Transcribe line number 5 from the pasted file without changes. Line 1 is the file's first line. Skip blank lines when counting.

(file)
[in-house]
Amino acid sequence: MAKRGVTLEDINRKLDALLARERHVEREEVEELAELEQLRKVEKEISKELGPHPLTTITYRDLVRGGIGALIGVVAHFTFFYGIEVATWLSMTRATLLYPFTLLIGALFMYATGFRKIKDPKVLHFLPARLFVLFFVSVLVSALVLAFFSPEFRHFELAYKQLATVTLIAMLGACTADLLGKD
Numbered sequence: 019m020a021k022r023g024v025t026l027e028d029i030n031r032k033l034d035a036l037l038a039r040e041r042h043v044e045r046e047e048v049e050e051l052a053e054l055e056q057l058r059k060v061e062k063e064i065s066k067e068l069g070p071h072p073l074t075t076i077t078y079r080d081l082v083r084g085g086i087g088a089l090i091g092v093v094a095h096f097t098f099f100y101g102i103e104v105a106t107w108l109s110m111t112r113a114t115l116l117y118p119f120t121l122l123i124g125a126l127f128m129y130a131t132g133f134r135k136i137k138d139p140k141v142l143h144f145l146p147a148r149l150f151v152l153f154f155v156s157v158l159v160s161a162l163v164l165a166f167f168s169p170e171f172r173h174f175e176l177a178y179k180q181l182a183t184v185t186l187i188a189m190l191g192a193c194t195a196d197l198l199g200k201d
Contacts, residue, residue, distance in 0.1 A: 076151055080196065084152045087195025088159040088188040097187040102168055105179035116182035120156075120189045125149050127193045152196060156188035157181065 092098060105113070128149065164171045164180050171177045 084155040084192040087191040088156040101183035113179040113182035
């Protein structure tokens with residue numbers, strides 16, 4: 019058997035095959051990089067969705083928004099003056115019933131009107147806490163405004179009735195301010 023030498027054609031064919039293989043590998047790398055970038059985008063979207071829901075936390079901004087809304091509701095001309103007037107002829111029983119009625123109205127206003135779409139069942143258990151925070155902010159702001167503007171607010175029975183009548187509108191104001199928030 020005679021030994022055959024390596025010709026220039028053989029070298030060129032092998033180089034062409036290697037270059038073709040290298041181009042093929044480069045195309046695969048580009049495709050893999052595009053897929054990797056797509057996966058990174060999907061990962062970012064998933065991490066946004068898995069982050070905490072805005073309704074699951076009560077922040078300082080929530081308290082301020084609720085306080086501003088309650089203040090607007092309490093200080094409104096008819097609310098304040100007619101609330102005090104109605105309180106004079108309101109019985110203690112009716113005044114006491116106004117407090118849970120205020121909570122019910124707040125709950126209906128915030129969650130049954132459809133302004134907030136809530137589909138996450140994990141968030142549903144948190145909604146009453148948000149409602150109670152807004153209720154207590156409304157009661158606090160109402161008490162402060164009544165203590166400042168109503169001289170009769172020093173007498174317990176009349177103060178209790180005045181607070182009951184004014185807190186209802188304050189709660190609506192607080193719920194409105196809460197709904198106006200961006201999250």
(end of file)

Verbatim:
């Protein structure tokens with residue numbers, strides 16, 4: 019058997035095959051990089067969705083928004099003056115019933131009107147806490163405004179009735195301010 023030498027054609031064919039293989043590998047790398055970038059985008063979207071829901075936390079901004087809304091509701095001309103007037107002829111029983119009625123109205127206003135779409139069942143258990151925070155902010159702001167503007171607010175029975183009548187509108191104001199928030 020005679021030994022055959024390596025010709026220039028053989029070298030060129032092998033180089034062409036290697037270059038073709040290298041181009042093929044480069045195309046695969048580009049495709050893999052595009053897929054990797056797509057996966058990174060999907061990962062970012064998933065991490066946004068898995069982050070905490072805005073309704074699951076009560077922040078300082080929530081308290082301020084609720085306080086501003088309650089203040090607007092309490093200080094409104096008819097609310098304040100007619101609330102005090104109605105309180106004079108309101109019985110203690112009716113005044114006491116106004117407090118849970120205020121909570122019910124707040125709950126209906128915030129969650130049954132459809133302004134907030136809530137589909138996450140994990141968030142549903144948190145909604146009453148948000149409602150109670152807004153209720154207590156409304157009661158606090160109402161008490162402060164009544165203590166400042168109503169001289170009769172020093173007498174317990176009349177103060178209790180005045181607070182009951184004014185807190186209802188304050189709660190609506192607080193719920194409105196809460197709904198106006200961006201999250």